Works 60% the Time, Every Time: Scottie Scheffler. With a chance to return to world No. 1 with a solo top-2 finish, Scheffler’s rally came up just short with a final-round 62 that gave him joint third. Still, it was a much-needed hot week on the greens after returning to his gamer that he’d benched a couple of weeks ago. Sometimes, a timeout session is all the putter needs to get right. Scottie also headlines the field this week in Houston.

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Anotha One: Gemma Dryburgh. The 29-year-old Scot became the latest first-time winner on the LPGA, a 65-65 weekend launching her to a runaway victory at the Toto Japan Classic. Dryburgh, who had managed only three top-10s since joining the tour in 2018, is the 11th first-time winner this season, tying the record for the most all time. She was also the 25th different winner this season; the tour record is 26. Parity – it’s so in right now.

Damn Good Dawgs: Georgia alums. Sure, it was a great Saturday for this Bulldog, watching UGA run top-ranked Tennessee out of Sanford Stadium in another Game of the Century, but it was an even better Sunday for former Dawgs Henley and Harman, who went 1-2 at Mayakoba. Apparently, it’s not as rare an occurrence as you’d think: Patrick Reed and Henrik Norlander, former teammates at Augusta State, secured the top two spots at the 2021 Farmers.

But When …?: Rory McIlroy. The world No. 1 once again called for peace talks between the PGA Tour and LIV Golf, telling Golf & Turismo last week that the fracturing at the top level does neither side any good. Problem is, with the tours currently embroiled in an antitrust lawsuit, he said: “I don’t when this can happen, certainly not tomorrow, but of course we will have to find an agreement.” As we’ve mentioned in this space many times, it’s hard to see a resolution with Norman at the helm of the rival circuit. There’s too much animosity and bitterness there.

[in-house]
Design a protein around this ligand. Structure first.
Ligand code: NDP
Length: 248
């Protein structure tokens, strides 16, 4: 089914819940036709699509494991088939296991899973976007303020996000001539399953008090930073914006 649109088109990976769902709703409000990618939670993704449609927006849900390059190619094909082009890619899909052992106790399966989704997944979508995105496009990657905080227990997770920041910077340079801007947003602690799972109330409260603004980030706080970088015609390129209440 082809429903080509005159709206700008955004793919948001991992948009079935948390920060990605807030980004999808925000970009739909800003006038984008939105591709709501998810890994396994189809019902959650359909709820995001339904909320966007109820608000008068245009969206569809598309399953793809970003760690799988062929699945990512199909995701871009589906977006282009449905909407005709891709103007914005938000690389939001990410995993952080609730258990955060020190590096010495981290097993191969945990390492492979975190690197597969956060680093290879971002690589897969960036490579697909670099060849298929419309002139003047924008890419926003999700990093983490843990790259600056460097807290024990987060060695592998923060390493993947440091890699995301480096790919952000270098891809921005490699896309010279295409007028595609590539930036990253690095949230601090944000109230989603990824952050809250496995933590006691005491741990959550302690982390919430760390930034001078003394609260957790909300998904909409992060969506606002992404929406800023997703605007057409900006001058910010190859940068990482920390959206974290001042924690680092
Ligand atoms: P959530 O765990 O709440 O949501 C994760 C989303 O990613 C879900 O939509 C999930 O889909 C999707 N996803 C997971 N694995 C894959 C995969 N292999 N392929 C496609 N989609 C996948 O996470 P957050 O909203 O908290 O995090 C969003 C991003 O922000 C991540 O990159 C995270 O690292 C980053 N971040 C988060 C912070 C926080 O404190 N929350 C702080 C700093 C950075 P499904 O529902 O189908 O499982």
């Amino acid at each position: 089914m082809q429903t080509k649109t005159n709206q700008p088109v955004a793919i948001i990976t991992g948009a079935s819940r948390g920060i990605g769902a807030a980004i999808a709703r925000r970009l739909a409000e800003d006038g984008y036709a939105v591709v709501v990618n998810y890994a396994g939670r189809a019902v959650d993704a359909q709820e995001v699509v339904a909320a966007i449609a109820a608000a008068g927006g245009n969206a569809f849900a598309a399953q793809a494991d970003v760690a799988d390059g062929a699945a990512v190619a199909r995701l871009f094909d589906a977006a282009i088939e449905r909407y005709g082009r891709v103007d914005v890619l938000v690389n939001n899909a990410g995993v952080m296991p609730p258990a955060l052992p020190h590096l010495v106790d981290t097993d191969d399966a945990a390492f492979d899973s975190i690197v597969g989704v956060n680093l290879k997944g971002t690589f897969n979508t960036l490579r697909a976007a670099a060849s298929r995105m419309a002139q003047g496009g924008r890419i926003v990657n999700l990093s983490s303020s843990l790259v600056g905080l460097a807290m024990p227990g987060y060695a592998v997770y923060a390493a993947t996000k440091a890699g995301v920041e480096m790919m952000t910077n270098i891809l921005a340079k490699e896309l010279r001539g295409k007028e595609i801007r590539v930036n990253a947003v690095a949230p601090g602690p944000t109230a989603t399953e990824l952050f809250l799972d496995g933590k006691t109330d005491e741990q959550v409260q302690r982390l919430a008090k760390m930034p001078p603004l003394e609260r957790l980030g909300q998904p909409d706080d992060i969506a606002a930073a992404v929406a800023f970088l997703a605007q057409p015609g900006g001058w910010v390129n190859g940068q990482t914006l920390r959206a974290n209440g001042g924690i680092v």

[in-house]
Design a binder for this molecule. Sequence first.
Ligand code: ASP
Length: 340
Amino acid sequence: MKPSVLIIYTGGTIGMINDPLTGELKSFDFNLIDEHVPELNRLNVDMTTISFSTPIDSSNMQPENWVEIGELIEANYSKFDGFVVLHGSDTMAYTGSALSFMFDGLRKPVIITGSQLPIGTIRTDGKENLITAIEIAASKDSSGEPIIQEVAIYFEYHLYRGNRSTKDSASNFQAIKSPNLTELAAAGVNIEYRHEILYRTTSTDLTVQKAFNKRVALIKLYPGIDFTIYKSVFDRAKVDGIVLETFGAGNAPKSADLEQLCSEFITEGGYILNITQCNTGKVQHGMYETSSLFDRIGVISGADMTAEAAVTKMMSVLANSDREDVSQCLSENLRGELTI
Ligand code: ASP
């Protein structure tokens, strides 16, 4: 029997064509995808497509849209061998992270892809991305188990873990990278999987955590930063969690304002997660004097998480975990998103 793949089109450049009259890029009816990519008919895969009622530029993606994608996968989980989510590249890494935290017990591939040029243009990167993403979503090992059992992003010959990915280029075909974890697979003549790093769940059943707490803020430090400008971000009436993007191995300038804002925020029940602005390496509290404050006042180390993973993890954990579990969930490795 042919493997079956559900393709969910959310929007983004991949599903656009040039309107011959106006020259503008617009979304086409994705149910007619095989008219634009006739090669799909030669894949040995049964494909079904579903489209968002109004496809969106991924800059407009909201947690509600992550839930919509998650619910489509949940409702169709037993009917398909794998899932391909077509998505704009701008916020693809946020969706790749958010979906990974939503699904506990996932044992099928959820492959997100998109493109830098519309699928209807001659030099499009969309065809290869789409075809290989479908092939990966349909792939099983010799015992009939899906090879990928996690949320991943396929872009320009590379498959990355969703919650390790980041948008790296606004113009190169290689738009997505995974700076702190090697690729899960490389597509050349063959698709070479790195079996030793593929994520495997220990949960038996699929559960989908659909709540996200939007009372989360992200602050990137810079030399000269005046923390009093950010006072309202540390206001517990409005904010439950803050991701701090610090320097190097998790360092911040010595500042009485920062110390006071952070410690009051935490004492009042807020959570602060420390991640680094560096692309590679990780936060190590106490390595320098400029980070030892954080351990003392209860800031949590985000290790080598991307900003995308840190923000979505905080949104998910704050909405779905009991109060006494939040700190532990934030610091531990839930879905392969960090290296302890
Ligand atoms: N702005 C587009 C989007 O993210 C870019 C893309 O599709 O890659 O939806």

Delayed: Will Zalatoris. Recovering from two herniated disks in his back, Zalatoris was hoping to make a rehab start at next month’s Hero World Challenge but tournament organizers said that his return date has been pushed back. Shane Lowry will take Zalatoris’ spot in the field.

Not All Aces Are the Same: Christian Clark. The SMU freshman posted a video of his hole-in-one at Cypress Point’s famed 16th hole. Amazing not just because of the difficulty of the shot, but that somehow the cameras were also rolling at the time. If this were us, we’d head straight to the clubhouse and never play again. The ultimate walkoff.

Still Hot: Seamus Power. The winner in Bermuda kept rolling in Mexico, shooting four consecutive rounds of 68 or better to tie for third. Another top-3 finish lifted him to the top of the FedExCup standings with only, uh, 10 more months to go.

RIP: Jon DeChambeau. It’s been a difficult few years for the father of the eight-time PGA Tour winner, who has battled diabetes and a series of medical complications. Through it all, though, he provided plenty of inspiration and was still able to be on-hand for a couple of his son’s most stirring accomplishments. All the best to Bryson and his family.

Blown Fantasy Pick of the Week: Billy Horschel. After laying out an ambitious list of goals in a pre-tournament press conference – a Ryder Cup berth, a No. 1 ranking, a major championship, the, uh, career Grand Slam – Horschel didn’t make up much ground in any of those areas at Mayakoba. He’d racked up three straight top-10s worldwide (and had proven to be a good fit recently in Mexico) but he failed to get anything going, mustering just a 7-under total on the resort course that left him outside the top 50. Sigh.